Compared to standard instruments in various Canadian aquatic ecosystems, the Oil Spill Response Challenge will create new and readily deployable methods to efficiently identify oil spills, improve response time, or raise the oil spill recovery rate. The Challenge is crucial because it will extend the range of accessible oil spill response solutions for use in Canadian marine and freshwater ecosystems, which is in line with the recommendations of the Canada Energy Regulator.
It is enlisting the help of entrepreneurs to accelerate the development and deployment of new oil spill response systems. It will significantly improve Canada’s ability to protect its freshwater and marine resources from oil spills.
Challenge Objectives & Assessment Criteria
Natural Resources Canada (NRCan) is inviting innovators to submit proposals for technological solutions that:
- Can increase the effectiveness of oil spill response by lowering the time it takes to discover oil spilled in water and increasing the amount of oil spilled in water recovered;
- Are innovative and disruptive to the current quo: the design provides practical solutions for oil spill detection and recovery compared to traditional procedures.
- Are suitable to the Canadian context: solutions used in various habitats and situations across the country, such as the operating environment, oil type, challenging conditions, and scalability.
- Reduce negative environmental consequences and improve community safety: top priorities are minimizing negative environmental impacts and increasing marine safety.
- The operational efficacy and practicality of solutions for end-users, including logistics and resource requirements, are ready to use. The solution’s deployment is safe, realistic, and feasible.
- Have a solid plan to scale to market: innovators know their market, have the right relationships and have a strategy to scale their technology for deployment.
Stream 1: Improved Detection Technologies
The goal is to speed up the development of innovative solutions that reduce the time between starting an oil spill in fresh or saltwater and its detection, reduction, and elimination. The amount and quality of oil spill-related data collected and aggregated to inform spill response have dramatically increased.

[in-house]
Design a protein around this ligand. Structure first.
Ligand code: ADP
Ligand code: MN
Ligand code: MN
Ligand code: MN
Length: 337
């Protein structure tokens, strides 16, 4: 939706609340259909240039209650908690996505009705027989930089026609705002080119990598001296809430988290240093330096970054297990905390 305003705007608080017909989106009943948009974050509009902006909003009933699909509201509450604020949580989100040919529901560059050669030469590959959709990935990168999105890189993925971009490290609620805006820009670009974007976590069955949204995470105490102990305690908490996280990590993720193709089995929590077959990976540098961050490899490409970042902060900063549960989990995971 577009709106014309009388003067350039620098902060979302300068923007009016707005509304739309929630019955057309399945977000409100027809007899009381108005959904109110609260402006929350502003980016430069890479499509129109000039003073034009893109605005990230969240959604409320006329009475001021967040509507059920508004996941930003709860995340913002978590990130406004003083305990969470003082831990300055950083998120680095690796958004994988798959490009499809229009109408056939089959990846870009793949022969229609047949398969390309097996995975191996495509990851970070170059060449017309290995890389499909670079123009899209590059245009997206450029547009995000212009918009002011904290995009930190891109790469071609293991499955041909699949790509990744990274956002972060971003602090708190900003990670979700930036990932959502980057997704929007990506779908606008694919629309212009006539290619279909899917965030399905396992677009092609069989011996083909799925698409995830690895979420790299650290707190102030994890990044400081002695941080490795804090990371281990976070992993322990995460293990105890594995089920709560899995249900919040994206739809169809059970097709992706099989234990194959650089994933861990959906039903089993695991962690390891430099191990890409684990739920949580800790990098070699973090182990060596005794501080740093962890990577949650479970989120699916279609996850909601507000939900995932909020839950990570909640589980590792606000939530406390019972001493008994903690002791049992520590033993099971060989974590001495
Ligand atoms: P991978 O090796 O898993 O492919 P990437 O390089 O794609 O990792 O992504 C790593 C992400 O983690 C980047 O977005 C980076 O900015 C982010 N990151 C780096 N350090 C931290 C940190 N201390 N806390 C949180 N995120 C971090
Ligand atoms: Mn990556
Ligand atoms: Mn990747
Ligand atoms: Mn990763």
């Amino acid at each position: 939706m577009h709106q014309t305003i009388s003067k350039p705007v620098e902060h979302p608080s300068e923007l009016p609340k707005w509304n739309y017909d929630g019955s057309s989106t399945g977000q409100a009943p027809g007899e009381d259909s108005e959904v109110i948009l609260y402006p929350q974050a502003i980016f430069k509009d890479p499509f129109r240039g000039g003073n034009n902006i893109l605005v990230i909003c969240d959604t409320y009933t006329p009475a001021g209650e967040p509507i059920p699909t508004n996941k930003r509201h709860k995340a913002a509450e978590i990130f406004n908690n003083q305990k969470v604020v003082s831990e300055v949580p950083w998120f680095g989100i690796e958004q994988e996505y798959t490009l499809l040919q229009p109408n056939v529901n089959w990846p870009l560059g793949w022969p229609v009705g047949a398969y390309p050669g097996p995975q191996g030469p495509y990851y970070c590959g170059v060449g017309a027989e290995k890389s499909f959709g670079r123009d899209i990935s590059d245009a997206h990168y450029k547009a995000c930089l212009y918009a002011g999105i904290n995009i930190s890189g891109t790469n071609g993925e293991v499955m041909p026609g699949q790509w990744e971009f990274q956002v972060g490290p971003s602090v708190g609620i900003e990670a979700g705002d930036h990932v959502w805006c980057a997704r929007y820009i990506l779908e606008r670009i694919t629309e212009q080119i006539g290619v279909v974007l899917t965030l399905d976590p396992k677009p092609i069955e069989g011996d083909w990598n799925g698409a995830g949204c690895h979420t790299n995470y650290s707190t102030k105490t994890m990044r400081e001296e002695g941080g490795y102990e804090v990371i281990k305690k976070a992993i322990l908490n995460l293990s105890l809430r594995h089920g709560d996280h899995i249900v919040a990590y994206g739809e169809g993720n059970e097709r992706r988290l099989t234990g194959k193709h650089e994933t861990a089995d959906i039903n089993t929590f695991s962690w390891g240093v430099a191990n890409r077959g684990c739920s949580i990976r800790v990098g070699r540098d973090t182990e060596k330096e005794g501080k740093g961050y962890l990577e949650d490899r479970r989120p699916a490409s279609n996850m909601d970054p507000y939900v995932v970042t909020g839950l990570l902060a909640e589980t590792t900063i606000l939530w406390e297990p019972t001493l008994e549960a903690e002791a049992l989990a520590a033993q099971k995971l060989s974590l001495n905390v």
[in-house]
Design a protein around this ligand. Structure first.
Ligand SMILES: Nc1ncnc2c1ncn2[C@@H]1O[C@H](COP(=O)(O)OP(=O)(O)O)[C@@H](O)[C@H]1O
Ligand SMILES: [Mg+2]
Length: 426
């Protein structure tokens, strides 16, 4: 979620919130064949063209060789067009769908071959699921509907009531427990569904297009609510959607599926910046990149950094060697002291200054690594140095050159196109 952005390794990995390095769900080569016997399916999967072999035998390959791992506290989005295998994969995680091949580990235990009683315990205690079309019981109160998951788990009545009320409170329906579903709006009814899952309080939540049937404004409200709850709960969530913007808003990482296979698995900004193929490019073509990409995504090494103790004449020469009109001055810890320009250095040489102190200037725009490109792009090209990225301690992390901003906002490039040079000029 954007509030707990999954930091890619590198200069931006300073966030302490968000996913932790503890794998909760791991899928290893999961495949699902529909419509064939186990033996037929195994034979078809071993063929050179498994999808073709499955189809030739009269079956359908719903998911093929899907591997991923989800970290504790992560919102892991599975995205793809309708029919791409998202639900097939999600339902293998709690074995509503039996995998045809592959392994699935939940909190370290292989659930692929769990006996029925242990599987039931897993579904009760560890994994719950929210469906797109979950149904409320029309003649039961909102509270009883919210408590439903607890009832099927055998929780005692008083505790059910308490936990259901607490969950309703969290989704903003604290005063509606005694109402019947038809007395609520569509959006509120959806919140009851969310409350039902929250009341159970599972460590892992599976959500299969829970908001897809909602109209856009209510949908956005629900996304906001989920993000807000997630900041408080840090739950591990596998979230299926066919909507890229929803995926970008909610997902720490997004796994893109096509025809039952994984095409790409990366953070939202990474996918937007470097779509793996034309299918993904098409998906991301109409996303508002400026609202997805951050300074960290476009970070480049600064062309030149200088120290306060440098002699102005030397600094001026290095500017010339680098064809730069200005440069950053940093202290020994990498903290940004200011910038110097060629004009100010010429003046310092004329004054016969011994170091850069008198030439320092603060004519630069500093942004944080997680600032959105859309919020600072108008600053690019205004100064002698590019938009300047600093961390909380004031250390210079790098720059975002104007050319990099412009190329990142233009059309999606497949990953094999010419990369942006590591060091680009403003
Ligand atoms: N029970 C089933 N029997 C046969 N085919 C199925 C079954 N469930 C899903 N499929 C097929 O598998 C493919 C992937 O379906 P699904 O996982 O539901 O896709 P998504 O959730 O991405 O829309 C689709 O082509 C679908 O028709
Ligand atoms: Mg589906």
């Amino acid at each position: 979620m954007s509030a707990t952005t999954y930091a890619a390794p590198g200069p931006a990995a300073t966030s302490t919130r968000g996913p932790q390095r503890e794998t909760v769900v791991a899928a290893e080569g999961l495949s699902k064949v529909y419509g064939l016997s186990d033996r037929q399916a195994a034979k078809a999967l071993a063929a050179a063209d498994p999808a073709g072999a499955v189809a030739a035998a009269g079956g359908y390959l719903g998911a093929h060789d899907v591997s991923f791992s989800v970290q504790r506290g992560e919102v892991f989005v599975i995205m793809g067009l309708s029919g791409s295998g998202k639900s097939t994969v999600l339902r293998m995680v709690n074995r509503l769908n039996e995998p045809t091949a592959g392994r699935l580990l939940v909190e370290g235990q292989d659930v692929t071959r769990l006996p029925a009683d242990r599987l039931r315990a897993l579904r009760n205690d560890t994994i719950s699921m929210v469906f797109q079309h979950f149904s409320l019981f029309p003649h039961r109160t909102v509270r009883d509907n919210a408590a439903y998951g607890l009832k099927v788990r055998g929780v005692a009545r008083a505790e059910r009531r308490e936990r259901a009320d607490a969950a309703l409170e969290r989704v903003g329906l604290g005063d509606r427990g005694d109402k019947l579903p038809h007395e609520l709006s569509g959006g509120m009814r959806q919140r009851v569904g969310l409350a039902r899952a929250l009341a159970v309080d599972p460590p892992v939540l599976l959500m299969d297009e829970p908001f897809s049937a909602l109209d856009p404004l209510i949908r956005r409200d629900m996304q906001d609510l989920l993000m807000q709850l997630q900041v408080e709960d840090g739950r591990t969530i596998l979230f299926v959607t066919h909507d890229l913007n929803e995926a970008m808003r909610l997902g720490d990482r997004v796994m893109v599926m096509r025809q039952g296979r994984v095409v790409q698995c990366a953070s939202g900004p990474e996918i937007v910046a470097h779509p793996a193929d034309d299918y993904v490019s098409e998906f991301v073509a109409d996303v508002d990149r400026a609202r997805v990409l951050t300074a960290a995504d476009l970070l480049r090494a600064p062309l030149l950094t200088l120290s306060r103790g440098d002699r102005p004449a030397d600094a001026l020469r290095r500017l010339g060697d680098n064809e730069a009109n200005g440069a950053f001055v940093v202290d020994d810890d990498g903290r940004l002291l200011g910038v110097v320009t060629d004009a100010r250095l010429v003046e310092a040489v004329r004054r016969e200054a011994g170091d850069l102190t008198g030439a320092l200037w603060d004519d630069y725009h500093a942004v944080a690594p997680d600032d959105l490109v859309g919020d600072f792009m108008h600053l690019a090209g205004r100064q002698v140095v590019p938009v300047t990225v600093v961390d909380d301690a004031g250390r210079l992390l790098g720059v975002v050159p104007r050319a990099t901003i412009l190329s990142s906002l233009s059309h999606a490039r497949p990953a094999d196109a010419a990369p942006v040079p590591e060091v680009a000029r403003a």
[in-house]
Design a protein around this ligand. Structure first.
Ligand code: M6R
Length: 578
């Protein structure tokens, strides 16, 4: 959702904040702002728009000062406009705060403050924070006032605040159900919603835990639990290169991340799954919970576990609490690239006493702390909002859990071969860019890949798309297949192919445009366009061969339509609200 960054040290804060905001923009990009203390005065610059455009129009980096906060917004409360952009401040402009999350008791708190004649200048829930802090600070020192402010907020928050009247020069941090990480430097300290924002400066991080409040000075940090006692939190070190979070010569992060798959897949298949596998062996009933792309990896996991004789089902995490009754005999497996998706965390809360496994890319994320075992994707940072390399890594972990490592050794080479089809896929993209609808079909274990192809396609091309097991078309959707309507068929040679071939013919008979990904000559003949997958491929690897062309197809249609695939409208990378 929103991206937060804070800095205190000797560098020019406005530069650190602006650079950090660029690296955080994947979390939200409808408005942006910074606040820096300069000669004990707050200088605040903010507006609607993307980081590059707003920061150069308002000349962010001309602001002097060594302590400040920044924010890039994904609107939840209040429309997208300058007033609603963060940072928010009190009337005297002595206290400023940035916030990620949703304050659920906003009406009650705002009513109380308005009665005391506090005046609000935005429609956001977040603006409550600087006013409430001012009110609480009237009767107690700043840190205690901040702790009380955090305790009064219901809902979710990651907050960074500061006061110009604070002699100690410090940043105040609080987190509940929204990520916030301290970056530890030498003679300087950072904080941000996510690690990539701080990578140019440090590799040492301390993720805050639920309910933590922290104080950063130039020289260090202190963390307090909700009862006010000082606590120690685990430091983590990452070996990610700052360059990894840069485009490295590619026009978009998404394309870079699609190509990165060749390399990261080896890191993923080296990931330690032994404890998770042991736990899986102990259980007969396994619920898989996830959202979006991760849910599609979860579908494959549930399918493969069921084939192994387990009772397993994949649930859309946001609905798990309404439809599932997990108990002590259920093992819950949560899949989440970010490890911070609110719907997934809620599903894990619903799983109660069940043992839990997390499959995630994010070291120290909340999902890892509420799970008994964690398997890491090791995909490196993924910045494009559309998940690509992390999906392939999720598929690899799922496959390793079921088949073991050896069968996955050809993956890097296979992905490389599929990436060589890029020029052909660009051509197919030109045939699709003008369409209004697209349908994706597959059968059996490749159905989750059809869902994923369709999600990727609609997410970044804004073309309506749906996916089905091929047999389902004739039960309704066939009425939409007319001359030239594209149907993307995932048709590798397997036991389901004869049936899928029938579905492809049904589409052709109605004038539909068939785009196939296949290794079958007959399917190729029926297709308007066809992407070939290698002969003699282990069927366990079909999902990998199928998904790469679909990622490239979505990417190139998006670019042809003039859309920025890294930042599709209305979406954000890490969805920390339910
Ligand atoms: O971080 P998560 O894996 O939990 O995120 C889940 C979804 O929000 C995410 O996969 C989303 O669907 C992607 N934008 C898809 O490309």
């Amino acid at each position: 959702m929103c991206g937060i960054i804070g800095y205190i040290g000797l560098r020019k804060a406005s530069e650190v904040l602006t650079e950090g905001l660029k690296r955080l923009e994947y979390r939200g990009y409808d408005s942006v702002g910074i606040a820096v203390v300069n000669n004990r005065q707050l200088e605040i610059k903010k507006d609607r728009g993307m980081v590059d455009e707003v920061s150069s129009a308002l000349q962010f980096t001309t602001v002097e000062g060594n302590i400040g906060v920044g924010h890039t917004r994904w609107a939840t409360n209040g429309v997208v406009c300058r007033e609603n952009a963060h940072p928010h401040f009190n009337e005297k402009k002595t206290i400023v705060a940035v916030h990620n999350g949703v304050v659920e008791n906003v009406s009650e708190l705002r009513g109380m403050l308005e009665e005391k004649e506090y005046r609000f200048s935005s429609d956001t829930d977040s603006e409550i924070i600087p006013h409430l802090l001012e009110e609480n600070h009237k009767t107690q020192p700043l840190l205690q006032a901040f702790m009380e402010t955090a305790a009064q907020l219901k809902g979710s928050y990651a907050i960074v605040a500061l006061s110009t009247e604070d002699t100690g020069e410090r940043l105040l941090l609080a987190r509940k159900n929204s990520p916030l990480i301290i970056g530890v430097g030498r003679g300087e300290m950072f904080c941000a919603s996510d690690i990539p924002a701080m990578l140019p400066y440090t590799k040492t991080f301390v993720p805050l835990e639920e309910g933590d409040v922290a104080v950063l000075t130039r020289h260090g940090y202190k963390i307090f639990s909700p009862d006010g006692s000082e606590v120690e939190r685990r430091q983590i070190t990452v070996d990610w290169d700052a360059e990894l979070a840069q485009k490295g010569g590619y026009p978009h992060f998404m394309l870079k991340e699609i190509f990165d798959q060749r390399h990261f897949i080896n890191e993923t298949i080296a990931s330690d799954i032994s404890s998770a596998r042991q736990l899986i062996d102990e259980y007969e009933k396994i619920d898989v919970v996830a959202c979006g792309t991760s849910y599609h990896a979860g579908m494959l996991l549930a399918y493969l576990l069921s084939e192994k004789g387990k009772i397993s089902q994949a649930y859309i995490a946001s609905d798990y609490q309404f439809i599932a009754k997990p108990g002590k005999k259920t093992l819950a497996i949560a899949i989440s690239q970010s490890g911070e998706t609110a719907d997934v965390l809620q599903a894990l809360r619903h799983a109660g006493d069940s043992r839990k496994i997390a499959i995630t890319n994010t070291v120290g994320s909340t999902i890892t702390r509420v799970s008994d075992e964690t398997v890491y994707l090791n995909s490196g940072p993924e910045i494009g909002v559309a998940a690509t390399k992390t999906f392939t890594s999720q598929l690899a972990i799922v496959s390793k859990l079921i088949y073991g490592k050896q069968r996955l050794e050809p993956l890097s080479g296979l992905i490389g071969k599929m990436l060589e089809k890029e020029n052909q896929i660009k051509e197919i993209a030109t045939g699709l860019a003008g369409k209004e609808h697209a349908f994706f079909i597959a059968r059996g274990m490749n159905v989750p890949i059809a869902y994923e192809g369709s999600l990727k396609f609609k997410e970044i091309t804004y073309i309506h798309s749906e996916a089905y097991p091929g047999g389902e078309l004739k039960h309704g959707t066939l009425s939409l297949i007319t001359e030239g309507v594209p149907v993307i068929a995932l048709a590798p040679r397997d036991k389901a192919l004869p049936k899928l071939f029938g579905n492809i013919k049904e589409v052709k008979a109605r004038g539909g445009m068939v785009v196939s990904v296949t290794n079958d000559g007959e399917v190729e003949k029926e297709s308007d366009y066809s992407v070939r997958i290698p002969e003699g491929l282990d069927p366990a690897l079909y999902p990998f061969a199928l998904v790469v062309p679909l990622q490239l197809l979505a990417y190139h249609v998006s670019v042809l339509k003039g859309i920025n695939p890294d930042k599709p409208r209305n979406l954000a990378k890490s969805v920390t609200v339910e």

Detection refers to any technologies used to detect, gather, and analyze data to make prompt, evidence-based decisions during an oil spill emergency response. The detection stream expects solutions to accomplish at least one of the following outcomes:
- Oil leak detection in real-time
- Collect / model oil spill data such as the spill’s spatial extent (width and depth), estimate the magnitude of the release, the release rate, and determine the composition of the spilled oil and water salinity (for estuarine environments), or a combination of these capabilities.
- Provide a data analytics system that enables the gathering, consolidation, and analysis of data relevant to an oil spill response, such as weather data, oil spill data (as mentioned above), and the position of emergency response crews.
Surface (i.e., satellite, aircraft, glider, other remote sensing technologies, etc.) and subsurface (i.e., autonomous or human-crewed underwater vehicles, etc.) sensors, laboratory analytical methods transferrable to spill responders, AI, computer modeling, and data analytics products to aggregate data sets necessary to inform response during and after an oil spill are all examples of this.
Cloud cover, isolated or difficult-to-access sites, and pipelines submerged in water are just some of the challenges innovators should consider customizing their technology to overcome.
Stream 2: Recovery-Improving Technologies
Purpose: Increase and expedite the recovery of oil spilled into Canada’s various aquatic habitats by accelerating the development and deployment of novel solutions.
Recovery encompasses a wide range of methods that can be used to recover oil to the greatest extent possible, reducing the quantity of the oil that pollutes marine areas. Innovative adaptations to traditional containment and mechanical recovery technologies (e.g., skimmers, booms), chemical treatment, and alternative response measures (e.g., spill treating agents, herders, in-situ burning, surface washing agents, advanced sorbents), and biodegradation treatments suitable for marine and freshwater environments are just a few examples of possible solutions.
Oil kind (light, medium, heavy), the salinity of water, turbulence, immersed or sunken oil, ice or frozen seas, and distant places are the challenges that innovators are encouraged to explore adjusting their methods to address.
Successful applications will go through an evaluation and selection process to gain access to financial and non-financial incentives at each challenge step. The Challenge is divided into three stages:
Stage 1: Proposed Concept – Three Months / Ten Semi-finalists Selected